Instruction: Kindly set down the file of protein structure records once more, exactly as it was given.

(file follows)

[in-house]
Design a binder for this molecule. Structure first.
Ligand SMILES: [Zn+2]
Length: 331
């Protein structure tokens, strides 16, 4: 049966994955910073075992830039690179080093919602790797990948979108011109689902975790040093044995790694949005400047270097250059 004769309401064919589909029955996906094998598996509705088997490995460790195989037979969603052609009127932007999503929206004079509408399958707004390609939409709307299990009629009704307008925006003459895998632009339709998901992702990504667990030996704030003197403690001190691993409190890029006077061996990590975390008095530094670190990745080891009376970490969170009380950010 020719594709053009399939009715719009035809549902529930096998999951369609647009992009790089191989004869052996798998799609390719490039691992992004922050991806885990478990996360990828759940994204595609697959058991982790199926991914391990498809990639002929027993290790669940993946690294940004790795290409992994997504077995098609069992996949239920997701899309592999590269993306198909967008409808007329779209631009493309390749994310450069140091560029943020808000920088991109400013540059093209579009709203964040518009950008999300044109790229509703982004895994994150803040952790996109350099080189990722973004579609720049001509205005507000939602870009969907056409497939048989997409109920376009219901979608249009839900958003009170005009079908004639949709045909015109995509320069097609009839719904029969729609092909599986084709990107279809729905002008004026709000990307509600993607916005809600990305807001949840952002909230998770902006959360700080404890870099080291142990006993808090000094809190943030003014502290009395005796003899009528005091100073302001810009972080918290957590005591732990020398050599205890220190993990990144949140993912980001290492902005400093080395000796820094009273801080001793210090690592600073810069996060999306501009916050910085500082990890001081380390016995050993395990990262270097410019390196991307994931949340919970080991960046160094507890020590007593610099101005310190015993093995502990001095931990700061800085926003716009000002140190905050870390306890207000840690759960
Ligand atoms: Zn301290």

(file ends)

[in-house]
Design a binder for this molecule. Structure first.
Ligand SMILES: [Zn+2]
Length: 331
């Protein structure tokens, strides 16, 4: 049966994955910073075992830039690179080093919602790797990948979108011109689902975790040093044995790694949005400047270097250059 004769309401064919589909029955996906094998598996509705088997490995460790195989037979969603052609009127932007999503929206004079509408399958707004390609939409709307299990009629009704307008925006003459895998632009339709998901992702990504667990030996704030003197403690001190691993409190890029006077061996990590975390008095530094670190990745080891009376970490969170009380950010 020719594709053009399939009715719009035809549902529930096998999951369609647009992009790089191989004869052996798998799609390719490039691992992004922050991806885990478990996360990828759940994204595609697959058991982790199926991914391990498809990639002929027993290790669940993946690294940004790795290409992994997504077995098609069992996949239920997701899309592999590269993306198909967008409808007329779209631009493309390749994310450069140091560029943020808000920088991109400013540059093209579009709203964040518009950008999300044109790229509703982004895994994150803040952790996109350099080189990722973004579609720049001509205005507000939602870009969907056409497939048989997409109920376009219901979608249009839900958003009170005009079908004639949709045909015109995509320069097609009839719904029969729609092909599986084709990107279809729905002008004026709000990307509600993607916005809600990305807001949840952002909230998770902006959360700080404890870099080291142990006993808090000094809190943030003014502290009395005796003899009528005091100073302001810009972080918290957590005591732990020398050599205890220190993990990144949140993912980001290492902005400093080395000796820094009273801080001793210090690592600073810069996060999306501009916050910085500082990890001081380390016995050993395990990262270097410019390196991307994931949340919970080991960046160094507890020590007593610099101005310190015993093995502990001095931990700061800085926003716009000002140190905050870390306890207000840690759960
Ligand atoms: Zn301290």